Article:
A time to heal
July 13, 2003
The outpouring of emotional support for the victims of Tuesday's shootings at Lockheed Martin has been nothing short of overwhelming. It's what we expect of a compassionate, caring community that shares grief and mourns the losses of so many good people in a senseless act of violence on a terrible Tuesday morning.
The truth is that the people in our extended community, spilling over into neighboring west Alabama, have always demonstrated the endearing capacity to care deeply about their fellow residents. We've never hesitated to share our money for the variety of important charitable purposes that do such outstanding work. We've never hesitated to share our blood for others in times of need.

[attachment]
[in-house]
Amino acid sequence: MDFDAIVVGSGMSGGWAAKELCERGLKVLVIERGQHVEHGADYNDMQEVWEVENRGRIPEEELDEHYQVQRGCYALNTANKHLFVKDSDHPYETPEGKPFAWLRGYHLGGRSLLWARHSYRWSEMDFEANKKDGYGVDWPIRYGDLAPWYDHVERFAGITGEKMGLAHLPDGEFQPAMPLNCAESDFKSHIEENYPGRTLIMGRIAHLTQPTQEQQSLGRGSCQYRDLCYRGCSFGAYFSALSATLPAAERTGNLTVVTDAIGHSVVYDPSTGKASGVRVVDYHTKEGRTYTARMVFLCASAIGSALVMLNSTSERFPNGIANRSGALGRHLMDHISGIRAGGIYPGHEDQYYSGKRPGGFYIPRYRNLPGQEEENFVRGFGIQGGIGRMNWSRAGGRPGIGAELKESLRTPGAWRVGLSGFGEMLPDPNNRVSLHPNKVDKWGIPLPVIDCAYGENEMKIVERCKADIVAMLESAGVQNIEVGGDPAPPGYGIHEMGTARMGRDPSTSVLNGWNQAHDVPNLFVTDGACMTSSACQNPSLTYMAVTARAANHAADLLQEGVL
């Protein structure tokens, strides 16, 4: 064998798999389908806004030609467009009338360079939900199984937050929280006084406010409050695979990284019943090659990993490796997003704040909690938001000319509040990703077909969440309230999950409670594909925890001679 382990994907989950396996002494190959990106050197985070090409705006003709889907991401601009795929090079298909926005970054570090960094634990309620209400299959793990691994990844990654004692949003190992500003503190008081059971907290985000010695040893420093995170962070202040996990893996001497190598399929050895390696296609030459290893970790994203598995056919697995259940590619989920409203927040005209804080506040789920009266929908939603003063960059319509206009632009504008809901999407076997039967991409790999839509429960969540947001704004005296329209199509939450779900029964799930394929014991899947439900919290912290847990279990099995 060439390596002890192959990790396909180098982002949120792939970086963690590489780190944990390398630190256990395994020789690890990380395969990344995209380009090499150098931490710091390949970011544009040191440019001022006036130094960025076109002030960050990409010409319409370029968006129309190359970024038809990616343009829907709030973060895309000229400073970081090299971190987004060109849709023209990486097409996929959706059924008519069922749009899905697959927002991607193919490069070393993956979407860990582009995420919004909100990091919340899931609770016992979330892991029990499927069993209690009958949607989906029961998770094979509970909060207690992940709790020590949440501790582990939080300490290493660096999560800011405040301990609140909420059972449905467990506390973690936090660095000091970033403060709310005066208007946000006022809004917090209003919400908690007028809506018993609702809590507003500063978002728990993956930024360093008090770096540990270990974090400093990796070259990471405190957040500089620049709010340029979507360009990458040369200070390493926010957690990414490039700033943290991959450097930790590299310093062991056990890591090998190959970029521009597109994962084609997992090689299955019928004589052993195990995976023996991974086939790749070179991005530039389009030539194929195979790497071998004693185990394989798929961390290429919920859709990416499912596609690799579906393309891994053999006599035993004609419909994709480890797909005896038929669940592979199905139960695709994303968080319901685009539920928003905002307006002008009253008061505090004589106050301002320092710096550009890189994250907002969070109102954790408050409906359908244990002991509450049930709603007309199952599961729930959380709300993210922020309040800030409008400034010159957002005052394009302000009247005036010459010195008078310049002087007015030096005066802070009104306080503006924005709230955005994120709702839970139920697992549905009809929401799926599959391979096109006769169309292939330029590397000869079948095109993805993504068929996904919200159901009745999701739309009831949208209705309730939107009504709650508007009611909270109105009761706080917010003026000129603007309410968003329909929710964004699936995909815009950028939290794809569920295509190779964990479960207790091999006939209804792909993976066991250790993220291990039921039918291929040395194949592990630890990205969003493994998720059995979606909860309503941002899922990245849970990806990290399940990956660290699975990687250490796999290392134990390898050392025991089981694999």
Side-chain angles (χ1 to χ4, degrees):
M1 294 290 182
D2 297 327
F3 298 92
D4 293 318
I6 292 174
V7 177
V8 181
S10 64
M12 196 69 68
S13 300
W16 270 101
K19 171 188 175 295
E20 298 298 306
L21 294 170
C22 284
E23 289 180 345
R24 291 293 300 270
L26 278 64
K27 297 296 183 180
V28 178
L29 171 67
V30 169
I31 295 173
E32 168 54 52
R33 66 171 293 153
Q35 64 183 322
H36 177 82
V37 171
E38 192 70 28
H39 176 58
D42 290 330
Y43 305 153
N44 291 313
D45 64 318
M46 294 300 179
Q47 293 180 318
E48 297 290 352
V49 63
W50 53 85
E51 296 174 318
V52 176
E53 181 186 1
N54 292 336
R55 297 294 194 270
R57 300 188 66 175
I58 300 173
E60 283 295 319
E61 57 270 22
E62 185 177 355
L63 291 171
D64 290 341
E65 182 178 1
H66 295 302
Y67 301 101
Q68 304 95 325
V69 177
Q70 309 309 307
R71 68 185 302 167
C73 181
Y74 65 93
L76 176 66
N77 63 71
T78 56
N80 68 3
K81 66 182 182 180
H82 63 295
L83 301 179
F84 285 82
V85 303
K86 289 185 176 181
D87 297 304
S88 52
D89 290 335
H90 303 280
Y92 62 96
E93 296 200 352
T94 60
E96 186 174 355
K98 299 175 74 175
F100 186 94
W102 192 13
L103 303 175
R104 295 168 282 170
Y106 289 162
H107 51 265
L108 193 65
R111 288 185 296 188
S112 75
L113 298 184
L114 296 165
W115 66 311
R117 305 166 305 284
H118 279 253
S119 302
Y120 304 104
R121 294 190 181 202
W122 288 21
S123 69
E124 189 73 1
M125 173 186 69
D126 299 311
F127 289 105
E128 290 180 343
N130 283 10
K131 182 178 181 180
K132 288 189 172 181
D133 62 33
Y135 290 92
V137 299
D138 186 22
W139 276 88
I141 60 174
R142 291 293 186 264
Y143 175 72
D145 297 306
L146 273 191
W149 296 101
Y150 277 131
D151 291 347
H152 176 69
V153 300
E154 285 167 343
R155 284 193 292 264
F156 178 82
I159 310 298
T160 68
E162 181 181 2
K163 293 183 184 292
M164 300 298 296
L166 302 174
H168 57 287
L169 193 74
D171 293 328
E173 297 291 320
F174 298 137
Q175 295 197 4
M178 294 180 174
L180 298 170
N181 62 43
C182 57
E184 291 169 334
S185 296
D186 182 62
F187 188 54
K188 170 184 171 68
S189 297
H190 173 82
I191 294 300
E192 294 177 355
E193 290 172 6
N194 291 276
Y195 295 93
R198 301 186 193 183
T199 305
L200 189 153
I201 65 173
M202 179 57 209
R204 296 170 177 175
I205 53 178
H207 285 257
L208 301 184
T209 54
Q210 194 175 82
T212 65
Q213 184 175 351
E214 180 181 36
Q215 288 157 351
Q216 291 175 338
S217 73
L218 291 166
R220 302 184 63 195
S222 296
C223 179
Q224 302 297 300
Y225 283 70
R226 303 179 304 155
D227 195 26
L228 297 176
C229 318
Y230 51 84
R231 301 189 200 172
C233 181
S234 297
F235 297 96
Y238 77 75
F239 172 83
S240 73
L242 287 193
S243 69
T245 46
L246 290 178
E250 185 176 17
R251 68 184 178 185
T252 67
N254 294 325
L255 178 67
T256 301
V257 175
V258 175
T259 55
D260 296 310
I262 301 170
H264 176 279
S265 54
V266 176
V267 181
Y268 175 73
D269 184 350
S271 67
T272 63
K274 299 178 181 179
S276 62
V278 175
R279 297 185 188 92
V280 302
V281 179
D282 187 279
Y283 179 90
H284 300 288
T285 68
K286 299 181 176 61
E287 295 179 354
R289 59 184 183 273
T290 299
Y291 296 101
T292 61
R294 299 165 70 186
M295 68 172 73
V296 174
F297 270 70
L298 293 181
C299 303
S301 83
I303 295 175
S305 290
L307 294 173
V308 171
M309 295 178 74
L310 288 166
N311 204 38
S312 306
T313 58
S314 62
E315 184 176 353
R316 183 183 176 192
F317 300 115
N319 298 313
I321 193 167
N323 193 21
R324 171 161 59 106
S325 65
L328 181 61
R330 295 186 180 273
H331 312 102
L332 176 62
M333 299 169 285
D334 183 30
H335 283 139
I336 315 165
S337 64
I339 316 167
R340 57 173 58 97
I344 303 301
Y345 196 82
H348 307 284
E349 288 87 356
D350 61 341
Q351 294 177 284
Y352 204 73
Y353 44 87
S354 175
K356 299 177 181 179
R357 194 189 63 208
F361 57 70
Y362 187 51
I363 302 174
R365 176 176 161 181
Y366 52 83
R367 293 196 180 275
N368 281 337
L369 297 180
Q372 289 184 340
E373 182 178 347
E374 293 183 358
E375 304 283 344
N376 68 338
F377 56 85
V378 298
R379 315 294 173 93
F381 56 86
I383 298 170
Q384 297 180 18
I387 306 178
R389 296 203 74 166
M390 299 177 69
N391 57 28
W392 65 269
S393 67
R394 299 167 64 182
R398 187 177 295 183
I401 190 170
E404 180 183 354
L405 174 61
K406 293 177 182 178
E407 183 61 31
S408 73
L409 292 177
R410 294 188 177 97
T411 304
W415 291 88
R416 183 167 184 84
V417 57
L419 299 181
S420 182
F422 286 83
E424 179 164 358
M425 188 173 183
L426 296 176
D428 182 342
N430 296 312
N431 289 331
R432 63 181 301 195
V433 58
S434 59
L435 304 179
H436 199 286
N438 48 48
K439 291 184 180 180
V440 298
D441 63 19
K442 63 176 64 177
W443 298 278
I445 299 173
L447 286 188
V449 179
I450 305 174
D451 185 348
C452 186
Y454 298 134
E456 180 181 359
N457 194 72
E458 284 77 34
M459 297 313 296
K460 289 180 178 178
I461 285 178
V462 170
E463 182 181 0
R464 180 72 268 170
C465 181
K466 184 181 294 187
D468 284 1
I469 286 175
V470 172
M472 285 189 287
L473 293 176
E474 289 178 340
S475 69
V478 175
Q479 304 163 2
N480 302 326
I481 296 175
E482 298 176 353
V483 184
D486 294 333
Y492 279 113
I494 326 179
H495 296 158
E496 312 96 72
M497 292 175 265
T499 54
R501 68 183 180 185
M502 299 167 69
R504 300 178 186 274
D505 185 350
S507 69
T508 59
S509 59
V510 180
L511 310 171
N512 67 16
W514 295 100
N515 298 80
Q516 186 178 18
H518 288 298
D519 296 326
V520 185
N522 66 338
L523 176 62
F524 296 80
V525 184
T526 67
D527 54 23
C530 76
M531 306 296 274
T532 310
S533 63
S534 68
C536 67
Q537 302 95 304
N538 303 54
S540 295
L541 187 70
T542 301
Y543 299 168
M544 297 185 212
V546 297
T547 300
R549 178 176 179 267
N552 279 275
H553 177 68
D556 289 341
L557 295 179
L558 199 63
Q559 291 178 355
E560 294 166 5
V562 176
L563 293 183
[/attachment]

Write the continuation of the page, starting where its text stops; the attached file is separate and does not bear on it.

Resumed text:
Today, we share our hopes that time will help in the healing process. As we reflect on the events of the past week, we know that what our community needs most is that precious time.
As human beings, we know that people have been taken from this community who can never be replaced in the lives, hearts and minds of their families. The initial shock of such trauma is always followed by the deepest imaginable grief. We also know that, somehow, healing must be part of the equation. Many people from all walks of life, of all ages and races, have expressed such a desire in funeral services, memorial services and candlelight vigils. We also feel in our hearts a new beginning has been made.
There will likely be much talk today in pulpits across the community of love, forgiveness and mercy, of hope and healing. May we suggest that mercy and forgiveness are ultimately in the hands of God alone; love, hope and healing, with His help, we have to do for ourselves. And we will.